Interviewed by Leszek Baj 2014-11-12
Civil law contracts are abused, and their prevalence results mainly from lower labor costs rather than from a non-typical nature of work assignment as such. This leads to labor market duality, i.e. a situation where alike jobs are divided into better and worse ones.
Leszek Baj: You used to work in Turkey. Now you are the Manager of World Bank Office in Warsaw. What are your first impressions from Poland?
Marina Wes: I relocated to Poland in August. My family and I came here by car. The first things that struck me was the number of people who were selling some produce by the side of the road: fruit, mushrooms. My first impression was that the people were poor. But I soon realized that they were simply very industrious.
Another observation I have is about bureaucracy, in a broad meaning of the word – it still remains an issue, despite some progress in curtailing the red tape. I was surprised how much trouble it took me to get Internet connection in the house. In Turkey it was easier.
Bureaucracy and protracted procedures – e.g. in getting construction permits – have been long known as Poland’s weakness for many years. One can clearly see that looking at Doing Business ranking, for instance.
In the latest edition of the report Poland was ranked at a very good, 32nd position in a group of 189 economies, but indeed it was ranked 137th in the category of getting construction permits. This shows that there still is a lot to be done if you want to maintain fast economic growth in the longer term.
What else is there to be done?
Let’s take labor market activity of Polish people, for example. Itis very low. Reforms are needed to make labor market more flexible and to boost employment and labor market activity.
Some people say that our labor market is quite flexible because of civil law contracts, inter alia, which are sometimes referred to as ‘junk contracts’.
I’d rather we didn’t refer to civil law contracts as ‘junk contracts’. Economists use the term of an ‘atypical contract’. Such contracts are used in many countries and they are b applicable to work assignments of unusual or irregular nature, for example assignments limited in time or focused on a specific task, such that can be done outside of the workplace and at different hours.
Having said that, I admit you have a point here: in the Polish context, civil law contracts frequently have little in common with these assumptions. According to the research done recently in the World Bank, civil law contracts are abused, and their prevalence results mainly from lower labor costs rather than from atypical nature of work assignment as such. This leads to labor market duality, i.e. a situation where alike jobs are divided into better and worse ones, which has unfavorable economic and social implications.
In that case, what is the alternative?
To be able to answer that question one should first consider the counterfactual - what would have happened if such contracts were not used in Poland. Would the people who are hired under civil law contracts be hired based on the Labor Code, or would they become unemployed? Or, perhaps, the grey economy would expand.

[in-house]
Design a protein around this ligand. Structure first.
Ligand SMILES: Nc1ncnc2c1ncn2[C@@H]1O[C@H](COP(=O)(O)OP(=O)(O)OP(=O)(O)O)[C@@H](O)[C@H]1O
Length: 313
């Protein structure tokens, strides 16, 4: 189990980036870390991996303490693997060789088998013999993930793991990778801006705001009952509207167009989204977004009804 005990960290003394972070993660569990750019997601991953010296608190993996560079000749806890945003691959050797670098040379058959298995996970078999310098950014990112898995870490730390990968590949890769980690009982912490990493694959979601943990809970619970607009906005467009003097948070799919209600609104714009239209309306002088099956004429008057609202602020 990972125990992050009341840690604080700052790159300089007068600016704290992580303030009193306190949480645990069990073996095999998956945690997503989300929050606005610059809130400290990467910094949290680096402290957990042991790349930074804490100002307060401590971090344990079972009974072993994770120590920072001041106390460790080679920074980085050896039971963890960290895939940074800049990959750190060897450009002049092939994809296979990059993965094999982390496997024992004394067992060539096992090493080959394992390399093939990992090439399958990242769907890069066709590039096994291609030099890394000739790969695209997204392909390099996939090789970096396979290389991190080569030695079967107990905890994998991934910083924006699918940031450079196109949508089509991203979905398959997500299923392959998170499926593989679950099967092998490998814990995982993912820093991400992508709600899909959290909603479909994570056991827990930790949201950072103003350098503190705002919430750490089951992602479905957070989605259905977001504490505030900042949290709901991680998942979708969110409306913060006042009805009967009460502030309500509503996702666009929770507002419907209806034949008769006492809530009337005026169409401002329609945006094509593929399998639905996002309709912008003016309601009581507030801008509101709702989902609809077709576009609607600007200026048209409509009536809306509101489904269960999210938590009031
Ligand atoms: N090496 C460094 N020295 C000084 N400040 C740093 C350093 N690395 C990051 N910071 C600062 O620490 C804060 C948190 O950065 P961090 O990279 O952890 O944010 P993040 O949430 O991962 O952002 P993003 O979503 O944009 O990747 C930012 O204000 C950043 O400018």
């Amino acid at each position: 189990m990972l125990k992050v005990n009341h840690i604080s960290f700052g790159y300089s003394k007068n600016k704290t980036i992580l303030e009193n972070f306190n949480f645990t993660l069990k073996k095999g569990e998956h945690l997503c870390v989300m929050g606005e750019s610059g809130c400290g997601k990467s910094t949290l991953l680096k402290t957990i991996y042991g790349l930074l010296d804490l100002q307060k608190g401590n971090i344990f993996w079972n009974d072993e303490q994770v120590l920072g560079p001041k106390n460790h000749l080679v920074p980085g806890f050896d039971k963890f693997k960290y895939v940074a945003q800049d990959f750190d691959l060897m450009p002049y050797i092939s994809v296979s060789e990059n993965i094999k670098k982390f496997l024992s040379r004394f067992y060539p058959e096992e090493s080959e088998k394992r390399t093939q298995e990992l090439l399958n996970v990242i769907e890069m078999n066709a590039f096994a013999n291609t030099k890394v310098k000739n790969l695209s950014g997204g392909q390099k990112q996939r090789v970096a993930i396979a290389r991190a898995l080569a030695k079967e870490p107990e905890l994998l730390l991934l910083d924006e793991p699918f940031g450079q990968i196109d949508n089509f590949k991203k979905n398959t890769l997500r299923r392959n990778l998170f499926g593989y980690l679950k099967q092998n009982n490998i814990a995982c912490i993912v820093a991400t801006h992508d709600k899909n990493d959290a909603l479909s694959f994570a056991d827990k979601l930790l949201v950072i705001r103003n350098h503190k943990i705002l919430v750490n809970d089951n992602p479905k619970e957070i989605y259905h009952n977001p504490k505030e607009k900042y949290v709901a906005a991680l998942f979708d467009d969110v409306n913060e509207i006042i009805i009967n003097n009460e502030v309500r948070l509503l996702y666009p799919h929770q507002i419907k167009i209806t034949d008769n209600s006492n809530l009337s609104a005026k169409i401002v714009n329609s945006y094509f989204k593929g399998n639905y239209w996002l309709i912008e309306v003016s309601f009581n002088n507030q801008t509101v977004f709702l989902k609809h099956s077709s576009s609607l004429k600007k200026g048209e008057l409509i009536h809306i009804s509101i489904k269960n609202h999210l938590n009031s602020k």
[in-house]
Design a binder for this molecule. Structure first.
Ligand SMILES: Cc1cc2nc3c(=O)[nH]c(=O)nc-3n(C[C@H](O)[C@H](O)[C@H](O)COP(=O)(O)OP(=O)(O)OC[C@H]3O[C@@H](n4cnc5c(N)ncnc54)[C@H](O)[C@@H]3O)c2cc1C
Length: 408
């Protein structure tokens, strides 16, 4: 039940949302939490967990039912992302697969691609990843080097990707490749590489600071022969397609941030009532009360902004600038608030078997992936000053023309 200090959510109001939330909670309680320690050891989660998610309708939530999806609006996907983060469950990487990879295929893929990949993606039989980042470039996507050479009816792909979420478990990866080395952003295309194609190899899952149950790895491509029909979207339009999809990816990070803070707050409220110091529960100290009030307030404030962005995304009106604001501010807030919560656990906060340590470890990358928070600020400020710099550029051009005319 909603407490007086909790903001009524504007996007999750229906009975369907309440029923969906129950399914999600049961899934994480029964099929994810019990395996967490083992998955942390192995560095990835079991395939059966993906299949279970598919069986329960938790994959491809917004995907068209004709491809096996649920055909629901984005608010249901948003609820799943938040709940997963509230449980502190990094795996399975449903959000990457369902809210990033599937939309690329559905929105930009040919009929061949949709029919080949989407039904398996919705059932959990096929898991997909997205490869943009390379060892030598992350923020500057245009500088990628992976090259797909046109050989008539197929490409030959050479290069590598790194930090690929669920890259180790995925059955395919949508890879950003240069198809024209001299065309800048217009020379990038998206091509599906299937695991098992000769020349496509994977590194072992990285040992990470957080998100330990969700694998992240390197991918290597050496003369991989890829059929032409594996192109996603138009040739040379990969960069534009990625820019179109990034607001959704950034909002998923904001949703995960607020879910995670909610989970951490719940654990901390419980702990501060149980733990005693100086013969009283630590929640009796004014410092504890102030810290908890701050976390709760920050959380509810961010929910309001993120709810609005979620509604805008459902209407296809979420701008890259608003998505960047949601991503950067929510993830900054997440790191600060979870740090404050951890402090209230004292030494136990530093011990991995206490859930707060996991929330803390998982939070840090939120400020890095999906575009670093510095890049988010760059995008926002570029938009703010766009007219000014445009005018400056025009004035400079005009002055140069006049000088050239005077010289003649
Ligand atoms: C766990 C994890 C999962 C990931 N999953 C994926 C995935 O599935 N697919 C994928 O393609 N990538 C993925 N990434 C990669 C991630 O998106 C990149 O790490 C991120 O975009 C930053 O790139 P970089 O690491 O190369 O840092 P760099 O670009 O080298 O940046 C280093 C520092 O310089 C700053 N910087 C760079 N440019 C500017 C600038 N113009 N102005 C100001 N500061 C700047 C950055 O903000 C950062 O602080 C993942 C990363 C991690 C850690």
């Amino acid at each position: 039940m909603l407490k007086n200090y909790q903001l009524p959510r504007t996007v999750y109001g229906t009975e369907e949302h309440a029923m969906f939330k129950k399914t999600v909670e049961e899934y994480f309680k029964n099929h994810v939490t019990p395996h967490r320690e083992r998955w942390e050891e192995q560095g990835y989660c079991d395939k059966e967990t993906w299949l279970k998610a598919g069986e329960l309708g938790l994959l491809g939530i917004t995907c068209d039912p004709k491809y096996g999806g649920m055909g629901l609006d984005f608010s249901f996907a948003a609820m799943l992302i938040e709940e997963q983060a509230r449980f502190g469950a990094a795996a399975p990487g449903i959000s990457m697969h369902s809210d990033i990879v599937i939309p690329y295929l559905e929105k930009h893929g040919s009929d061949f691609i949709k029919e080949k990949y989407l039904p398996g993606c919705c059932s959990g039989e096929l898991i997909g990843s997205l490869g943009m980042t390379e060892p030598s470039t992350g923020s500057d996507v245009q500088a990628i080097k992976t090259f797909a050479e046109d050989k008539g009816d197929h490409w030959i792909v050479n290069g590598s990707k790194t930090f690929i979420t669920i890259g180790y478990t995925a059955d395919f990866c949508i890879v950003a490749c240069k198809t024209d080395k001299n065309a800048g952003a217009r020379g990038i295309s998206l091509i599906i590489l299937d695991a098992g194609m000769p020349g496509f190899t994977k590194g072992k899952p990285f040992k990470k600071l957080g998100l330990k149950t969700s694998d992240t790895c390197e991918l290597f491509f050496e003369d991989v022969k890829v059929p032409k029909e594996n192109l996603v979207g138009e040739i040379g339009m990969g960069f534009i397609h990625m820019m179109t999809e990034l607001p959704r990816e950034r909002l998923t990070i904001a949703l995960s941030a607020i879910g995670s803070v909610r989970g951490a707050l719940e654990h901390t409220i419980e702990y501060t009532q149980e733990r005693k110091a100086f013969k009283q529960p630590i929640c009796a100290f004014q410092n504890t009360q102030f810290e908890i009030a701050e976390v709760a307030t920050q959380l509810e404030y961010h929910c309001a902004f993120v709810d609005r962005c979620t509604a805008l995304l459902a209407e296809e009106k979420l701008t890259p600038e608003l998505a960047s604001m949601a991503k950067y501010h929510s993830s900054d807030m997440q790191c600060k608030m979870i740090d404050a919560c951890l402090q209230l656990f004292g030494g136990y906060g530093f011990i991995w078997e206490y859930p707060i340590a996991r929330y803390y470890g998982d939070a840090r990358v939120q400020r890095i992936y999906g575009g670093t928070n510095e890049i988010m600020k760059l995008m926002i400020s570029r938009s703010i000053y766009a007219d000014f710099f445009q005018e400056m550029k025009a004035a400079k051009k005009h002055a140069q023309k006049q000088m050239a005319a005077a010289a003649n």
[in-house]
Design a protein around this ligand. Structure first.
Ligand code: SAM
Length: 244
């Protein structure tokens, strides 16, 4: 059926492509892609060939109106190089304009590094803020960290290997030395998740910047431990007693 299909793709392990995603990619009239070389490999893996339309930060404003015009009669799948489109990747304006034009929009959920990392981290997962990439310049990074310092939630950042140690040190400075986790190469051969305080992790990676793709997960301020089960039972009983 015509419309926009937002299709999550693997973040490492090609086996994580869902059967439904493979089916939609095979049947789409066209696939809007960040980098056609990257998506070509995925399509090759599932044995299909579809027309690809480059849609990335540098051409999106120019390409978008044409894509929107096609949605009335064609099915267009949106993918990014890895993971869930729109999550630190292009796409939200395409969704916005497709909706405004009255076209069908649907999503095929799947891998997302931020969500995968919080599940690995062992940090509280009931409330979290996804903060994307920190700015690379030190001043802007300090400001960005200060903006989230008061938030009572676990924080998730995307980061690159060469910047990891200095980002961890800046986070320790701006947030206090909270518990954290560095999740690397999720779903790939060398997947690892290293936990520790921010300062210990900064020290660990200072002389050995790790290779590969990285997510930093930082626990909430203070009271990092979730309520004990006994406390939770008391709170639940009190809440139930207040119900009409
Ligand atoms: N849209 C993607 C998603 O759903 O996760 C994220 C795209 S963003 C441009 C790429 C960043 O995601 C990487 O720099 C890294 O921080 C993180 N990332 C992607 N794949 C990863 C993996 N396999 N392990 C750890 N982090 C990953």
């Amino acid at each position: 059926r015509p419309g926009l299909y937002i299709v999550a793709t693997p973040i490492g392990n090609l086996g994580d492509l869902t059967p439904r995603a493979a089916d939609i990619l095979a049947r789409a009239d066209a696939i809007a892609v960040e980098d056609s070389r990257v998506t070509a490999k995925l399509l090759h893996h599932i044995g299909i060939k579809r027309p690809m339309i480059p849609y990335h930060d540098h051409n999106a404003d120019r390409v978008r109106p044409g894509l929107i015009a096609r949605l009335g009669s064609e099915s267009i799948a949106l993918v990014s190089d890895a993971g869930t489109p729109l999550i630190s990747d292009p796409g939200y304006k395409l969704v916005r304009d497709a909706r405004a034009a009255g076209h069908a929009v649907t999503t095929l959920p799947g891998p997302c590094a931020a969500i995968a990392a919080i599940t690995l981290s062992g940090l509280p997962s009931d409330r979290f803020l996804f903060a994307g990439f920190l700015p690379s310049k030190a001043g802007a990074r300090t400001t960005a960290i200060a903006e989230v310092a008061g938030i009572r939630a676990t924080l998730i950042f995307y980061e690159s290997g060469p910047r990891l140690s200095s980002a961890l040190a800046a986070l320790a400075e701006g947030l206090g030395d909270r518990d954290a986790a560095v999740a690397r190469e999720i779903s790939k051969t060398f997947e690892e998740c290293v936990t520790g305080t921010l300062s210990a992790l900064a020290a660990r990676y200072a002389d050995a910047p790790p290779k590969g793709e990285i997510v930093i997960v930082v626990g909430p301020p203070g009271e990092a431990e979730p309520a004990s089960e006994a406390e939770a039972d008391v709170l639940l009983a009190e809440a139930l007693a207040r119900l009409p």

If such contracts were to be abolished, it might turn out that negative consequences outweigh the positives. In many regions in Poland, especially those with relatively low labor productivity and in the absence of regionally differentiated minimum wage, civil law contracts make it possible to legally hire people who might otherwise be jobless. The way to go is not to abolish civil law contracts, but to reduce the gap in costs generated for the employer by civil law contracts vs. Labor Code contracts.
In that context, is it a step in the right direction to impose social security contribution payments on civil law contracts?
It is the right step, albeit insufficient. When civil law contracts are charged with social security contribution, the gap in costs between civil law contracts and regular employment contracts may be diminished. This will help fight the abuse, at least to an extent. We also need measures to simplify the Labor Code and make it more flexible, so that employment contracts are more attractive to employers.
In the Netherlands, where you come from, or in Germany there is very low unemployment. What can you tell us about flexibility of those labor markets?
Labor market in the Netherlands is flexible in the sense of part time work, which makes it easier to combine work with family life and maintain a good work-life balance.
In Germany, which struggled with the issue of high unemployment for quite a long time, they have recently introduced so-called mini jobs, which enhance flexibility of employment.
In the UK there are ‘zero-hours’ contracts which also give significant degree of flexibility to the employer. Whether we like it or not, greater flexibility of the labor market is unavoidable due to globalization and accompanying competition.